It is the stuff of science fiction and bioethical debates: The creation of artificial life. Up until now, it's largely been just that. But an important technical bridge towards the creation of such life was crossed Thursday when genomics pioneer Craig Venter announced that his research group created an artificial virus based on a real one in just two weeks' time. When researchers created a synthetic genome (genetic map) of the virus and implanted it into a cell, the virus became "biologically active," meaning it went to work reproducing itself.
Venter cautioned that the creation of artificial human or animal life is a long way off because the synthetic bacteriophage - the virus that was created - is a much simpler life form. Bacteriophages are viruses that infect bacteria.
The project was funded in part by the Department of Energy, which hopes to create microbes that would capture carbon dioxide in the atmosphere, produce hydrogen or clean the environment.
But the questions ethicists have raised about such work are numerous: Should we be playing God? Does the potential for good that new life forms may have outweigh the harm they could do?
Arthur Caplan, who heads the University of Pennsylvania's Center for Bioethics, says yes. This technology "is impressive. It's powerful and it should be treated with humility and caution," Caplan says, "But we should do it."
A genome is made up of DNA "letters," or base pairs, that combine to "spell" an individual's chromosomes. The human genome project was completed in April.
This summer, researchers at Venter's Institute for Biological Energy Alternatives bought commercially available strands of DNA and, using a new technology, coaxed them together to form a duplicate of the genome of a bacteriophage called phi X.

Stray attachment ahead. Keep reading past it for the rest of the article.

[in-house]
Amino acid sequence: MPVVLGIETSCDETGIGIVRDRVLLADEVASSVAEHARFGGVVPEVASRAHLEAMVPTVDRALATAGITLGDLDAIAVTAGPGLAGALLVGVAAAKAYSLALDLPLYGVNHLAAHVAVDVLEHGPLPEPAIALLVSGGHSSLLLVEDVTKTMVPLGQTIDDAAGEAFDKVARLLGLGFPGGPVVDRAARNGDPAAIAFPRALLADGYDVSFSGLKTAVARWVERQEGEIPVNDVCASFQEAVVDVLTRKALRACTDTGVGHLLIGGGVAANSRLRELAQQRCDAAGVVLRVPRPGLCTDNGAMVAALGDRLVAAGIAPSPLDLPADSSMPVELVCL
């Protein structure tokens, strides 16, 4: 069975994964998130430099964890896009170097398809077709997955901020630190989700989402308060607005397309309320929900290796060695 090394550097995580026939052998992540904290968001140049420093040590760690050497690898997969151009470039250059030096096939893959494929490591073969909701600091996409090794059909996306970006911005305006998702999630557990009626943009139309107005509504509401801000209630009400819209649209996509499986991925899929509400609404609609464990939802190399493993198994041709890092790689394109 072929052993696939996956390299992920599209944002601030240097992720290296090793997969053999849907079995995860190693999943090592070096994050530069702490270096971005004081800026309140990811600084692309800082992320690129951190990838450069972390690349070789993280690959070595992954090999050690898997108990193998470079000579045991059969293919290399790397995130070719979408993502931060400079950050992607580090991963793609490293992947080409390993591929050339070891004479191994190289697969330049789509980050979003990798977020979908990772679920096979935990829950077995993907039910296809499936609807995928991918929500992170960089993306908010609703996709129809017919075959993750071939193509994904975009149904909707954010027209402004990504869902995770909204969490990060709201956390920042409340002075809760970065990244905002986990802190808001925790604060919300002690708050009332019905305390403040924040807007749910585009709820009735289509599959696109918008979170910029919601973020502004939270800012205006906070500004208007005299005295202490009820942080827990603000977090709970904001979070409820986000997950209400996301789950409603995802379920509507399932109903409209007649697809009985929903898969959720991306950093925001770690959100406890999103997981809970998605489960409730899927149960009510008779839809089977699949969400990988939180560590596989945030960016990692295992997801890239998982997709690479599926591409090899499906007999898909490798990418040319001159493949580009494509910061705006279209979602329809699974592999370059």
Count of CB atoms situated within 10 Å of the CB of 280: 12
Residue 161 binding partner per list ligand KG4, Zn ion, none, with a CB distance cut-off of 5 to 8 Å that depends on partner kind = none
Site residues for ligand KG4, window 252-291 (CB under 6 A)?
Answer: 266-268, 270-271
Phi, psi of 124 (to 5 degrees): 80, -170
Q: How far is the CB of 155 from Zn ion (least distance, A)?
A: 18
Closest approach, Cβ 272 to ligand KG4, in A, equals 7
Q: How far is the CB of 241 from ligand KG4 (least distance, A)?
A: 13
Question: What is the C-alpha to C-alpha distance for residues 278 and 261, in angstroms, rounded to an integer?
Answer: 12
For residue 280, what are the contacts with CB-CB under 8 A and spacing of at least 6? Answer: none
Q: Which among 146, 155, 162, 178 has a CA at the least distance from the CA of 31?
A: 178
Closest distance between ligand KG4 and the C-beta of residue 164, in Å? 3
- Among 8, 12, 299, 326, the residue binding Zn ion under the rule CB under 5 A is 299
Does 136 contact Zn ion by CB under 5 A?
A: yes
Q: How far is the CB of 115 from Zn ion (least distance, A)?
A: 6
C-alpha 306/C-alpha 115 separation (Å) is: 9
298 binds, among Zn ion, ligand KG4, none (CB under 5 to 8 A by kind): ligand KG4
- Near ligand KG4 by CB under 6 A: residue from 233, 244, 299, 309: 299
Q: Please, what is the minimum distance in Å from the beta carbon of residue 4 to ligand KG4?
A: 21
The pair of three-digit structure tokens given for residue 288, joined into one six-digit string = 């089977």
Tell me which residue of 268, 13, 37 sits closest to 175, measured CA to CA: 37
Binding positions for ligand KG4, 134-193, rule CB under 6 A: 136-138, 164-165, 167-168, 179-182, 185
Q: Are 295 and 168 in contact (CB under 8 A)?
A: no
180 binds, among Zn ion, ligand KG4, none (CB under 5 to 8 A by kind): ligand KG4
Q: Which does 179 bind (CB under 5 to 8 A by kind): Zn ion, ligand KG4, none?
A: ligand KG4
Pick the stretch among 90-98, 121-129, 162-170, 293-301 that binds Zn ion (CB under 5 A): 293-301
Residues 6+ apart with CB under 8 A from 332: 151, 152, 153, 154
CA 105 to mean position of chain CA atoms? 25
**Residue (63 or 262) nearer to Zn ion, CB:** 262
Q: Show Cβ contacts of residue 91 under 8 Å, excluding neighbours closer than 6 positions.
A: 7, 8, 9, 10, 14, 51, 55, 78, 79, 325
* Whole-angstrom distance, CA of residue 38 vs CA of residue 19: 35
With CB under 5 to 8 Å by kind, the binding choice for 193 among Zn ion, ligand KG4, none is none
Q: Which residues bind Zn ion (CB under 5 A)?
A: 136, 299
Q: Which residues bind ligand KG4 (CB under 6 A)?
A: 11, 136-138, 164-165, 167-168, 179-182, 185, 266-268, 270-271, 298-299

"It's a very important technical advance," says Gerald Rubin, a molecular geneticist at the Howard Hughes Medical Institute. "You can envision the day when one could sit down at a computer, design a genome and then build it. We're still inventing the tools to make that happen, and this is an important one."
Venter notes the synthetic bacteriophage has 5,000 base pairs in its genome. The human genome has 3 billion, so similar work in human form probably won't happen in this decade, he says.
To date, the largest genome that was synthesized was the 7,500-base-pair polio virus. But that was only semi-functional and took three years to complete.
The researchers chose to put the new technology into the public domain for all scientists to use. It will appear in the next few weeks on the Web site of the Proceedings of the National Academy of Sciences.
The technology raises safety issues, says David Magnus of Stanford's Center for Biomedical Ethics. Even putting it in the public domain is "a double-edged sword," he says. That presumes that allowing everyone access will keep the good guys ahead of the bad guys. "It's a gamble. .. It's a bet that everyone has a stake in," he says.